p. 6.
Daily Variety
30 Apr 1992.
---
Daily Variety
15 Jun 1992
p. 4, 24.
Daily Variety
13 Aug 1992
p. 1, 10.
Hollywood Reporter
1 Apr 1991
pp. 1-2.
Hollywood Reporter
3 Sep 1991.
---
Hollywood Reporter
27 Feb 1992
p. 1, 59.
Hollywood Reporter
11 May 1992
p. 1, 20.
Hollywood Reporter
15 Jun 1992
p. 12, 28.
LAHExam
26 Jul 1989.
---
LAHExam
8 Aug 1989.
---
Long Beach Press-Telegram
21 Mar 1992.
---
Los Angeles Times
17 Aug 1989
Calendar, p. 2.
Los Angeles Times
5 Aug 1991
Section F, p. 3.
Los Angeles Times
14 Jun 1992
Calendar, p. 8.
Los Angeles Times
14 Jun 1992
Calendar, p. 82.
Los Angeles Times
17 Jun 1992
Calendar, p. 2.
Los Angeles Times
18 Jun 1992
Calendar, p. 2.
Los Angeles Times
18 Jun 1992
p. 13.
Los Angeles Times
19 Jun 1992
p. 1.
Los Angeles Times
26 Jun 1992
p. 7.
Los Angeles Times
17 Jul 1992
Section E, p. 10.
Los Angeles Times
24 Jul 1992
Calendar, p. 1.
New York
4 Nov 1991.
---
New York Times
14 Jun 1992.
---
New York Times
19 Jun 1992
p. 1.
New York Times
2 Aug 1992.
---
Newsday
18 Jul 1991.
---
Newsday
23 Jul 1991
p. 11.
Newsday
2 Aug 1991
p. 11.
People
17 Jul 1989.
---
People
12 Aug 1991.
---
People
11 May 1992.
---
Variety
14 Jan 1991.
---
Variety
29 Jul 1991.
---
Variety
18 Nov 1991.
---
Variety
20 Apr 1992
p. 3, 5.
Variety
11 May 1992.
---
Variety
15 Jun 1992
p. 56.
WSJ
22 Jun 1992
Section B, p. 4.
CAST
PRODUCTION CREDITS
NAME
PARENT COMPANY
PRODUCTION TEXTS
Warner Bros. presents
A Tim Burton film
Produced in association with Polygram Pictures
NAME
CREDITED AS
CREDIT
DIRECTORS
Prod mgr
1st asst dir
2d asst dir
2d 2d asst dir
DGA trainee
Dir, 2d unit
Dir, 2d unit
1st asst dir, 2d unit
2d asst dir, 2d unit
PRODUCERS
Prod
Co-prod
Assoc prod
Exec prod
Exec prod
Exec prod
Exec prod
Assoc to the prod
Assoc to the prod
WRITERS
Story
PHOTOGRAPHY
Dir of photog
Cam op
1st asst cam
2d asst cam
Still photog
Steady cam op
Chief lighting tech
Rigging gaffer
Asst chief lighting tech
Key grip
Best boy
Dolly grip
Flying rigs
Main title seq des by
Dir of photog, 2d unit
Cam op, 2d unit
Addl 2d unit photog, 2d unit
Chief lighting tech, 2d unit
Key grip, 2d unit
ART DIRECTORS
Prod des
Supv art dir
Art dir
Asst art dir
Art dept researcher
Art dept, Stan Winston Studios
Art dept, Stan Winston Studios
Art dept, Stan Winston Studios
Art dept, Stan Winston Studios
Art dept, Stan Winston Studios
Art dept, Stan Winston Studios
Art dept, Stan Winston Studios
Art dept, Stan Winston Studios
Art dept, Stan Winston Studios
Art dept, Stan Winston Studios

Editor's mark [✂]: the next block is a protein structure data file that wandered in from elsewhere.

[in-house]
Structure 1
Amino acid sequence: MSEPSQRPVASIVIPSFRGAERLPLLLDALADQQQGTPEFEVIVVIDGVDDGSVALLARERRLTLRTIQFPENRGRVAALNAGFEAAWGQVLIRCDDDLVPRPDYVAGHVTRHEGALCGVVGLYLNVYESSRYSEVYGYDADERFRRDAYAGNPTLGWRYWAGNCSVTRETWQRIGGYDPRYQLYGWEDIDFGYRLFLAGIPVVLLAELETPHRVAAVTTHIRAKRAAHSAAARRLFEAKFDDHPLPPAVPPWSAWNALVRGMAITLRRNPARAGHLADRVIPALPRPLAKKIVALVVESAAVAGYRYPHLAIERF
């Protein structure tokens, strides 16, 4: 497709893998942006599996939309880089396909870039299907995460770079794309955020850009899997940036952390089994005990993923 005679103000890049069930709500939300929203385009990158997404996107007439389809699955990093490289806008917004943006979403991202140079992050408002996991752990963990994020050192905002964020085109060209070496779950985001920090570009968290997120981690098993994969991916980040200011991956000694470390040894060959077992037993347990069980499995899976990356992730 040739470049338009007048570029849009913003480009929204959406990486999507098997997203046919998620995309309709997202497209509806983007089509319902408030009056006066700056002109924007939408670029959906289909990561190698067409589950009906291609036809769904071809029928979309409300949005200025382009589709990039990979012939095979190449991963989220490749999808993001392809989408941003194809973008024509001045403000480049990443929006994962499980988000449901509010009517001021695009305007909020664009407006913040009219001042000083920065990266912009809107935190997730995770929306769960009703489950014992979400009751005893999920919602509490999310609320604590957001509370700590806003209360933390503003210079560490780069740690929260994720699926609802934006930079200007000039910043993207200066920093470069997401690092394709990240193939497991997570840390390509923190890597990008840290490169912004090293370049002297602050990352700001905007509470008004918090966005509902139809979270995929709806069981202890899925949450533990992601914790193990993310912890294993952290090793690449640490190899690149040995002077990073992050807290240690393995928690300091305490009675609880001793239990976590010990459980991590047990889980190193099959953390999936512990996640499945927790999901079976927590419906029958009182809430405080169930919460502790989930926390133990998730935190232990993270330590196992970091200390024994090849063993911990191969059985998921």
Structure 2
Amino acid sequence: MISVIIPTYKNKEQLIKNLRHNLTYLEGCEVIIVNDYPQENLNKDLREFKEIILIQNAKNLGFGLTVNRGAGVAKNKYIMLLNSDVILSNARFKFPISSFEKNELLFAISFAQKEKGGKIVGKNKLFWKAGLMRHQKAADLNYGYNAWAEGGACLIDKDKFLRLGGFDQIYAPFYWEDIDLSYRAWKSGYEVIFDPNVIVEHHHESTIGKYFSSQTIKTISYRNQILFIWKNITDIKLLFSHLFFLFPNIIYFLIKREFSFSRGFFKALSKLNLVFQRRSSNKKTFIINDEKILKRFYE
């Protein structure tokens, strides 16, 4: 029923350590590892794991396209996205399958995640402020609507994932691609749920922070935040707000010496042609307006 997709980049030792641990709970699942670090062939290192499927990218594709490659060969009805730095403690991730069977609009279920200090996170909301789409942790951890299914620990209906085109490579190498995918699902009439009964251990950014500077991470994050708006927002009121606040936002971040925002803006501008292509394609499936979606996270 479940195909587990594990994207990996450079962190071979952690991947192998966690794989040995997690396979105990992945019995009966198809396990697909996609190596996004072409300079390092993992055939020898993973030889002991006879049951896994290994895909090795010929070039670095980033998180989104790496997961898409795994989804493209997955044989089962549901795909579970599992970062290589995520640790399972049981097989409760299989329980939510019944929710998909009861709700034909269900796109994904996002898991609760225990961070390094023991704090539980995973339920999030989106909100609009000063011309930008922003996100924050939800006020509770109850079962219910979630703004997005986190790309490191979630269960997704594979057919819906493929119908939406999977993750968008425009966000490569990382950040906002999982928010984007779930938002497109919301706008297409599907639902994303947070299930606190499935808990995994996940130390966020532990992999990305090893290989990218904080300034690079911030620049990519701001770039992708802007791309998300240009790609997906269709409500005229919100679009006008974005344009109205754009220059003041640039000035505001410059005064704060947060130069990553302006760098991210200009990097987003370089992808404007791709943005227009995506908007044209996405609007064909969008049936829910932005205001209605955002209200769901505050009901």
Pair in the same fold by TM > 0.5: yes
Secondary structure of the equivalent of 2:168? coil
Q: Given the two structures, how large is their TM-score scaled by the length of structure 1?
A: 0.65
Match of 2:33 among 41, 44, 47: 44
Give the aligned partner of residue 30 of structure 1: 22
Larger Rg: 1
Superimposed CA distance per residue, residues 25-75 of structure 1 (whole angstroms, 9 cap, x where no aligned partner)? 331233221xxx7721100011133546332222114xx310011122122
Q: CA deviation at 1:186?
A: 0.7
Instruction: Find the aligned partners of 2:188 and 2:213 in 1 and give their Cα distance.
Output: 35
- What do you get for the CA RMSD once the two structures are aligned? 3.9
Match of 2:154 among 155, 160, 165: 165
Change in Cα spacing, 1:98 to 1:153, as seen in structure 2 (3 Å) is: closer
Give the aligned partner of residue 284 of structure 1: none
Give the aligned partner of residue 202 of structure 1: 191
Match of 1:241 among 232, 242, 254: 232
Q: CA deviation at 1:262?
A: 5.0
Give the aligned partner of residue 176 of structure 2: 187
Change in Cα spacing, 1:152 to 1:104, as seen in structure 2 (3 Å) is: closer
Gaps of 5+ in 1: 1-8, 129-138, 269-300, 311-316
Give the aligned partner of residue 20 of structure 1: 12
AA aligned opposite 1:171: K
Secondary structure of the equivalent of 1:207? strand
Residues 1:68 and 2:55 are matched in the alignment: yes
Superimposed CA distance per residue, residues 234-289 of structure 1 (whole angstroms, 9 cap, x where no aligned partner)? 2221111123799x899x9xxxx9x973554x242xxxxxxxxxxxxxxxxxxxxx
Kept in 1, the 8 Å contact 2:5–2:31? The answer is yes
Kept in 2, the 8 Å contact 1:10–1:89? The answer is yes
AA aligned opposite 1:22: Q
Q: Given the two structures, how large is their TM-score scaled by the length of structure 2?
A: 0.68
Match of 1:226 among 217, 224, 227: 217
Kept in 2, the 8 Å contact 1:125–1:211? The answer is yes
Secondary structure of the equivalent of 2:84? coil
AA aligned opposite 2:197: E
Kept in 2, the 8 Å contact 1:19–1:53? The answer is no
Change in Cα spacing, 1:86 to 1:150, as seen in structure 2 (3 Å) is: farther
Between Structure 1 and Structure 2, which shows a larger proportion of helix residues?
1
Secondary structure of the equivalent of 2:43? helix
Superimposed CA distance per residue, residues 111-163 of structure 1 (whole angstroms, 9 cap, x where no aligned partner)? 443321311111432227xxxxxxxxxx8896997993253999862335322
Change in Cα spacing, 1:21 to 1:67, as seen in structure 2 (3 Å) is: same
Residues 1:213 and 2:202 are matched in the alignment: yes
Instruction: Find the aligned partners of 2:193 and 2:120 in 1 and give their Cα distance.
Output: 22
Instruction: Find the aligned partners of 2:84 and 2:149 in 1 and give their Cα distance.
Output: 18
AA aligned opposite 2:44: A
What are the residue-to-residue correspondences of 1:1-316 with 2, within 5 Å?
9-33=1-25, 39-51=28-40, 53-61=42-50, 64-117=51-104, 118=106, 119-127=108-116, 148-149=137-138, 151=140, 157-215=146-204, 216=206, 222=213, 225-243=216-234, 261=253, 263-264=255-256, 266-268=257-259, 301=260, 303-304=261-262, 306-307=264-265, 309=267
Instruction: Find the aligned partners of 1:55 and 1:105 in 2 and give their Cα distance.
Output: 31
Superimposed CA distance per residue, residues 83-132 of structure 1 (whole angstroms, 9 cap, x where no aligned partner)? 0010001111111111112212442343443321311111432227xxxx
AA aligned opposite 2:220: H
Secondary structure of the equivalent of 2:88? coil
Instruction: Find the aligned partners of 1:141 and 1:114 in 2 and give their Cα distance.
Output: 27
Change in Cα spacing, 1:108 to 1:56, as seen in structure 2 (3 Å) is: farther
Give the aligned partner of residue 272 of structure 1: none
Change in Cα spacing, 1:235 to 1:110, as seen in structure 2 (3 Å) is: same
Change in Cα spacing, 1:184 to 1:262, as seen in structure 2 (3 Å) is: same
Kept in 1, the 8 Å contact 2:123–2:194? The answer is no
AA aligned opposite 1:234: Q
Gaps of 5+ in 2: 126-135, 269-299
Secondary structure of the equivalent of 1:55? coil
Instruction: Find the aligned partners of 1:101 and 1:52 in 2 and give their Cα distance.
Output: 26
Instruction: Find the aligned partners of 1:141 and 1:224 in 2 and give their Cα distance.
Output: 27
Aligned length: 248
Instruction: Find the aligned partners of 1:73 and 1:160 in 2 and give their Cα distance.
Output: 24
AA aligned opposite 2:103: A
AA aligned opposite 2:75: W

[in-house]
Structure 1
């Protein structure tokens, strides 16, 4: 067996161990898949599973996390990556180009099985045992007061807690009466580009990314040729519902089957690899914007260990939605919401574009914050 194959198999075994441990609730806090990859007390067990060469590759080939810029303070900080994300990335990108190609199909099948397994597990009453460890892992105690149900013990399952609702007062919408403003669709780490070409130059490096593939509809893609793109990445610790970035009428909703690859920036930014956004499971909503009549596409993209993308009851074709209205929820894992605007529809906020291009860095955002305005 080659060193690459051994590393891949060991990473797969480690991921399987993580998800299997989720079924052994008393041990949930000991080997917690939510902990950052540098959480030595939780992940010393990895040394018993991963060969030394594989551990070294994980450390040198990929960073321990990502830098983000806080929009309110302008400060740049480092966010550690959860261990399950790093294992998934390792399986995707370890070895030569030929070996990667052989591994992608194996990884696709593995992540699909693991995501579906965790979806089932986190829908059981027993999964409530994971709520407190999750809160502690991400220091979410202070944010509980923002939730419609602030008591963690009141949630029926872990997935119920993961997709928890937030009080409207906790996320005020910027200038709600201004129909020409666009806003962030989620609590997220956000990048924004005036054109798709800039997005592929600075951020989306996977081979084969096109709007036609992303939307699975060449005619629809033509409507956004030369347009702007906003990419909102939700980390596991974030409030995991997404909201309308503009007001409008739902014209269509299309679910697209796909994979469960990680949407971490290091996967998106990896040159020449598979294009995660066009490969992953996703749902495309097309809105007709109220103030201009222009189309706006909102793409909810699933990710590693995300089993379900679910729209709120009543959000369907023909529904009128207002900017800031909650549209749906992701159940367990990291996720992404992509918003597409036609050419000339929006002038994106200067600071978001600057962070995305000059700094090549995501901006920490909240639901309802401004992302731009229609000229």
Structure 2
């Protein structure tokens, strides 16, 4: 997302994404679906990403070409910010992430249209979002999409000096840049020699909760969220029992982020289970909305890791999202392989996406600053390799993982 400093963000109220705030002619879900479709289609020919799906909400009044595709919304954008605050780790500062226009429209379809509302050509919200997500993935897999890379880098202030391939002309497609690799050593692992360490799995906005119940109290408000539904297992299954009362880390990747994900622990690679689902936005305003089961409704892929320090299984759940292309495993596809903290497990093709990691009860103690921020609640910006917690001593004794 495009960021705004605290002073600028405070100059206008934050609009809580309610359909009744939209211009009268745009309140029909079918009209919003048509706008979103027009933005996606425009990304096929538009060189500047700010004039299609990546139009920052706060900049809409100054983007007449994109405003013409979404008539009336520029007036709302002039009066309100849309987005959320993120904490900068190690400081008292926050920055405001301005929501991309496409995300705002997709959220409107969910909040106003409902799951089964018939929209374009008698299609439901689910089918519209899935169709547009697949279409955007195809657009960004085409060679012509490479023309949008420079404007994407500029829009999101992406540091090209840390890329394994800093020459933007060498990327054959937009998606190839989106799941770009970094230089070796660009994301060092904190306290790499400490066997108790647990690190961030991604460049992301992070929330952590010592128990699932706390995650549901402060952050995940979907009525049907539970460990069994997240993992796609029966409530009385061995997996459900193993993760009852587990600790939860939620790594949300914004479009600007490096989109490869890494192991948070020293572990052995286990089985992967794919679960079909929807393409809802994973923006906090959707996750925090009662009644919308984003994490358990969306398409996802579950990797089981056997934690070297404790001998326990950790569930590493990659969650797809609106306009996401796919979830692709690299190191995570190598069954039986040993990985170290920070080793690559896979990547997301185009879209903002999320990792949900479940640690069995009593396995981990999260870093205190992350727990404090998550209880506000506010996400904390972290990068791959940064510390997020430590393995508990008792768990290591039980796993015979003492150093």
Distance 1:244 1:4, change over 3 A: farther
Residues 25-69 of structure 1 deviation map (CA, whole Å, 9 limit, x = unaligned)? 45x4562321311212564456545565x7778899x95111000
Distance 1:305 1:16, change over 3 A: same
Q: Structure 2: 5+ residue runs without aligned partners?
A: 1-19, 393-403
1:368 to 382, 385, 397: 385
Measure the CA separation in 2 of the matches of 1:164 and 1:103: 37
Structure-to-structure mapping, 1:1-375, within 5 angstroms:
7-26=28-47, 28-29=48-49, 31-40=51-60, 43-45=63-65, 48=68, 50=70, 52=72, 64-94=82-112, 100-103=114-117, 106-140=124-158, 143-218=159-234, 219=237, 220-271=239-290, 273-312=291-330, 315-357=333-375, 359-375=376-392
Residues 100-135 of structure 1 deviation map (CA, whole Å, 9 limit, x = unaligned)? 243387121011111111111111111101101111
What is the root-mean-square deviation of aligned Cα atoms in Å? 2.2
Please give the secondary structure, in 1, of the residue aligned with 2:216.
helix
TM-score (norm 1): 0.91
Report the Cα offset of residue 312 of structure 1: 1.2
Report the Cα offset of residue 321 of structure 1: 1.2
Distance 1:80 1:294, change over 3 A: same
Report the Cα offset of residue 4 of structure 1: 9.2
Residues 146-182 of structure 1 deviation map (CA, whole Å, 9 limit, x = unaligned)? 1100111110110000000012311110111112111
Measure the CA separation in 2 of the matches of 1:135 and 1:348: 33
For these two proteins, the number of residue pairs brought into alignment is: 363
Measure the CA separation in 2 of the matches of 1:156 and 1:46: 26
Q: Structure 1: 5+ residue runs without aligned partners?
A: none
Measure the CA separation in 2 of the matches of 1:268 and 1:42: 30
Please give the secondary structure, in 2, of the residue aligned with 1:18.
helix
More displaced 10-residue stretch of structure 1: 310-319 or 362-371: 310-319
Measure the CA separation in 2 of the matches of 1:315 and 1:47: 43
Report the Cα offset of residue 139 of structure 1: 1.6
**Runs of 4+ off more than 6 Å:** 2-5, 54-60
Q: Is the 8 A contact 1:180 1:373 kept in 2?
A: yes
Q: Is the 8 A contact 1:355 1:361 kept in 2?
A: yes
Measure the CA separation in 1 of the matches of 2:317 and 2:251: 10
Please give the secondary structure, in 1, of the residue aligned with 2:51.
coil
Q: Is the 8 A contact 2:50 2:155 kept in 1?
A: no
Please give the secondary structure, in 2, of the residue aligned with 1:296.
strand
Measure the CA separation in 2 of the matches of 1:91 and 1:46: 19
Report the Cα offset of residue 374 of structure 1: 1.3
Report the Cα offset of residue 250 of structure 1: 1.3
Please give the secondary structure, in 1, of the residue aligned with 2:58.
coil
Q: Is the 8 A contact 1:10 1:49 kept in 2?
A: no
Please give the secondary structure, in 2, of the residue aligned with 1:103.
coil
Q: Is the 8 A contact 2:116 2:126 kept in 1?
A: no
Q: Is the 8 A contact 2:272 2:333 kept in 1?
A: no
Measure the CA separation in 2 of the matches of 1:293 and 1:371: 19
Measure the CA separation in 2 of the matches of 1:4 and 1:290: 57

Art dept, Stan Winston Studios
Art dept, Stan Winston Studios
Art dept, Stan Winston Studios
Art dept, Stan Winston Studios
Art dept, Stan Winston Studios
Art dept, Stan Winston Studios
Art dept, Stan Winston Studios
Art dept, Stan Winston Studios
Art dept, Stan Winston Studios
Art dir, Boss Film Studios
FILM EDITORS
Film ed
Film ed
1st asst ed
Asst ed
Asst ed
Negative cutter
SET DECORATORS
Set dec
Set des
Set des
Const coord
Prop master
Asst prop master
Asst prop master
Lead person
Gen const foreman
Propmaker foreman
Standby painter
COSTUMES
Cost des
Cost des
Men's cost supv
Women's cost supv
Set costumer
Set costumer
Set costumer
Set costumer
Set costumer
Set costumer
Visual and tech cost eff supv
Cost eff
Cost eff
Cost eff
Cost eff
Cost eff
Cost eff
Cost eff
MUSIC
Mus ed
Mus prod by
Mus prod by
Mus rec eng
Addl orch
SOUND
Prod sd mixer
Utility sd (Cable)
Supv sd ed
Supv sd ed
Sd eff
Dial ed
Dial ed
ADR supv
Asst sd ed
Asst sd ed
Asst sd ed
Asst sd ed
Asst sd ed
Foley artist
Foley artist
Foley mixer
Sd eff rec
Re-rec mixer
Re-rec mixer
Prod sd mixer, 2d unit
VISUAL EFFECTS
Spec Penguin eff prod by
Visual eff supv
Spec eff supv
Spec eff foreman
Spec eff
Spec eff
Spec eff
Spec eff
Spec eff
Spec eff
Spec eff
Spec eff
Spec eff
Visual eff coord
Mechanical dept, Stan Winston Studios
Mechanical dept, Stan Winston Studios
Mechanical dept, Stan Winston Studios
Mechanical dept, Stan Winston Studios
Mechanical dept, Stan Winston Studios
Mechanical dept, Stan Winston Studios
Mechanical dept, Stan Winston Studios
Mechanical dept, Stan Winston Studios
Mechanical dept, Stan Winston Studios
Mechanical dept, Stan Winston Studios
Mechanical dept, Stan Winston Studios
Spec visual eff in Vistavision by
Visual eff supv, Boss Film Studios
Visual eff co-supv, Boss Film Studios
Visual eff prod supv, Boss Film Studios
Dir of photog - Miniatures, Boss Film Studios
Director of photog - Miniatures, Boss Film Studios
Dir of photog - Plates, Boss Film Studios
Chief financial officer, Boss Film Studios
Opt supv, Boss Film Studios
Model shop supv, Boss Film Studios
Matte dept supv, Boss Film Studios
Ed supv, Boss Film Studios
Digital eff supv, Boss Film Studios